Our lesson, Luke 18:15-17, is nestled between two passages that address presumptuousness and arrogance in people who hold positions of spiritual authority. In the preceding pericope, Luke 18: 9-14, Jesus warns listeners not to think that they are more righteous than others simply because they can be obedient. In the end, the sinner tax-collector is justified and the self-righteous Pharisee who tithes and fasts could not be justified. He was mistaken to presume that he was greater in God’s sight than he was in actuality. The lesson is clear, a correct lifestyle does not guarantee us that God will attribute righteousness to us. In the pericope that follows our lesson, Luke 18:18-30, a rich ruler is troubled to learn that following the Ten Commandments perfectly has not earned him eternal life. To be perfect, he must give all that he has to those who are poor. The rich ruler acts righteously, but like the Pharisee, it is not attributed to him as righteousness. The passages that frame our lesson are parables that serve to strengthen the chastisement actually given to Jesus’ disciples who saw parents bringing children to Jesus and “sternly ordered them not to do it.” The Lucan author is leading us to draw a similar conclusion here as in the preceding and following passages: being a disciple of Christ is not the way righteousness is measured, and living righteously is not how one obtains eternal life. Our ability to treat the welfare of those left out as equally important as our welfare is the measure of righteousness. If the righteous Pharisee is not justified (Luke 18:14), and if the obedient rich ruler is not guaranteed eternal life (18:22), who then is admitted to the Kingdom? Each pericope in this lesson on God’s impartial judgment provides an answer. The people we typically mistreat and exclude will inherit eternal life:—sinners (Luke 18:9-14); children (Luke 18:15-17), and poor people (Luke 18:18-30). Jesus’ care for little children is in the middle, of these lessons. This is our hermeneutic clue that the cause of children is central to Jesus’ teaching. Those least able to defend themselves, Jesus has come to defend and give his life for (Luke 18:31-34). Between sinners, children and poor people, children are least able to defend themselves from the presumptuousness and arrogance of spiritually self-righteous people. A child’s total dependence on a just and merciful God is a characteristic that Jesus considers worthy of emulation and respect. If an adult does not emulate godly child-like qualities, then that adult “will never enter” the kingdom (Luke 18:17). We can celebrate that a child-like faith that shows no partiality will lead us into God’s eternal kingdom. Jesus welcomes the child, he prefers children, whether youthful children or aged children, it is the heart of a child that he wants to cultivate within us. Consider a child unfettered by the baggage of abusive adults and a neglectful community. What qualities might such a little child have that we need to emulate? Isn’t she/he quick to forget an offense that occurred on the playground on a previous day? Doesn’t she/he seek, seek and seek until she/he finds what is sought? Doesn’t he/she love those who spank him/her? Isn’t he/she ashamed when he/she discovers that he/she is wrong? Doesn’t he/she try to do better the next time? Doesn’t he play with anyone who wants to play? Doesn’t she share her princess dress with her friends? Doesn’t he pick the lonely new kid in town to be on his team? As adults on the receiving end of adult privilege, Jesus is demanding a lot by expecting us to emulate children. Yet, how much more are our little ones inclined to emulate us if we can recapture the child-like spirituality of our youth that adult crustiness has eroded or buried?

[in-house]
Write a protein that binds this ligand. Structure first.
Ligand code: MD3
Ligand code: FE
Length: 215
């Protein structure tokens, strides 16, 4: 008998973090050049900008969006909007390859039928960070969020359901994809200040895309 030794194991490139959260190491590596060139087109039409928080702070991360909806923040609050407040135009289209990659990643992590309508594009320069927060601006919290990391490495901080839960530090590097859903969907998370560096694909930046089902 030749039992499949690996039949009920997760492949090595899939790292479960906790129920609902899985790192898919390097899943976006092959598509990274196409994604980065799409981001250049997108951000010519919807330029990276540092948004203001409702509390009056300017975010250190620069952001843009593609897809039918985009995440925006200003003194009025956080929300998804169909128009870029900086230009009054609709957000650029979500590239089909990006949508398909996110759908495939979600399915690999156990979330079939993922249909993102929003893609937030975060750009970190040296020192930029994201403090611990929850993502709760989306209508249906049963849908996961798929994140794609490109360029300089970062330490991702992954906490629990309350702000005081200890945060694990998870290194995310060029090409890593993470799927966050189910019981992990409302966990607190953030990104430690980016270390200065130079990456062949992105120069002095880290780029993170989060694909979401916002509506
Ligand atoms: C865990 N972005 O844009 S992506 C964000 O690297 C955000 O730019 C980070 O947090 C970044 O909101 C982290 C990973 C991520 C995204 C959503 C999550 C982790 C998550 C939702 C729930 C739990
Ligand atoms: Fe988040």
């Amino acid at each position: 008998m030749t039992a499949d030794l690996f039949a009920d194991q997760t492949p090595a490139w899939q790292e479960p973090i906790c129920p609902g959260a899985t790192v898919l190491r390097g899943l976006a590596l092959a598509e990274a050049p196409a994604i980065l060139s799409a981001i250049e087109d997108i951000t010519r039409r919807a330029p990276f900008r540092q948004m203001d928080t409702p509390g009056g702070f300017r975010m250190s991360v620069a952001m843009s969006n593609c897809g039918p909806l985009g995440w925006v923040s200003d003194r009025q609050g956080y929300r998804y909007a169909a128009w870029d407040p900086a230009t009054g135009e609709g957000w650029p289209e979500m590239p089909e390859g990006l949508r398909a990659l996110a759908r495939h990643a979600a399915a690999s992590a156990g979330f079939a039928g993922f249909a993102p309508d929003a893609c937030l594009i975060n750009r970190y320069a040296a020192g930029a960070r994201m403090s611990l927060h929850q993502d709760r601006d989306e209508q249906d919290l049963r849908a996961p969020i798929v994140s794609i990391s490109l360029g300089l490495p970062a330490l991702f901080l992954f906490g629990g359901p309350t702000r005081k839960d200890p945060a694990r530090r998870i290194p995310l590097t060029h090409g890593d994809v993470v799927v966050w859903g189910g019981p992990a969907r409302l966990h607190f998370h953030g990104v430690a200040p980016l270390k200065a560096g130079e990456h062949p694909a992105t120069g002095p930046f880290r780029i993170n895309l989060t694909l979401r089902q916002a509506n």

Celebration In conclusion, With God all things are possible (Luke 18:26). We must conclude with hope that it is also possible to turn what could be a hypocritical moment on Sunday (if we continue to neglect children) into a Kingdom moment by transforming our houses of worship into sanctuaries of safety for our children. We can celebrate that from this day forward, no child in need of protection and safety in God’s Kingdom on earth, will find adults who look out only for each other and “sternly warn” parents not to bring their children with their concerns. We can celebrate that in the wake of many church scandals we have the capacity to develop church policies that require adults who work with children to be screened. Just as Jesus protected children, so will we on each and every Sunday and every Sunday in between. After all, the kingdom belongs to people like them (Luke 18:17). Jesus loves the little children!
We Give Thanks
Our Father in Heaven, we give thanks for the pleasure of gathering together for this occasion. We give thanks for this food prepared by loving hands. We give thanks for life, the freedom to enjoy it all, and all other blessings. As we partake of this food, we pray for health and strength to carry on and try to live as You would have us. This we ask in the name of Christ, Our Heavenly Father. - Harry Jewell

Benediction (Mark 5)

Christ’s touch has healed you. God’s love has restored you. The Spirit goes with you.
Now may the God of peace who brought again from the dead our Lord Jesus, the great shepherd of the sheep, by the blood of the eternal covenant, equip you with everything good that you may do his will, working in us that which is pleasing in his sight, through Jesus Christ, to whom be glory forever and ever. Go in peace to share the joy of God’s love.Amen.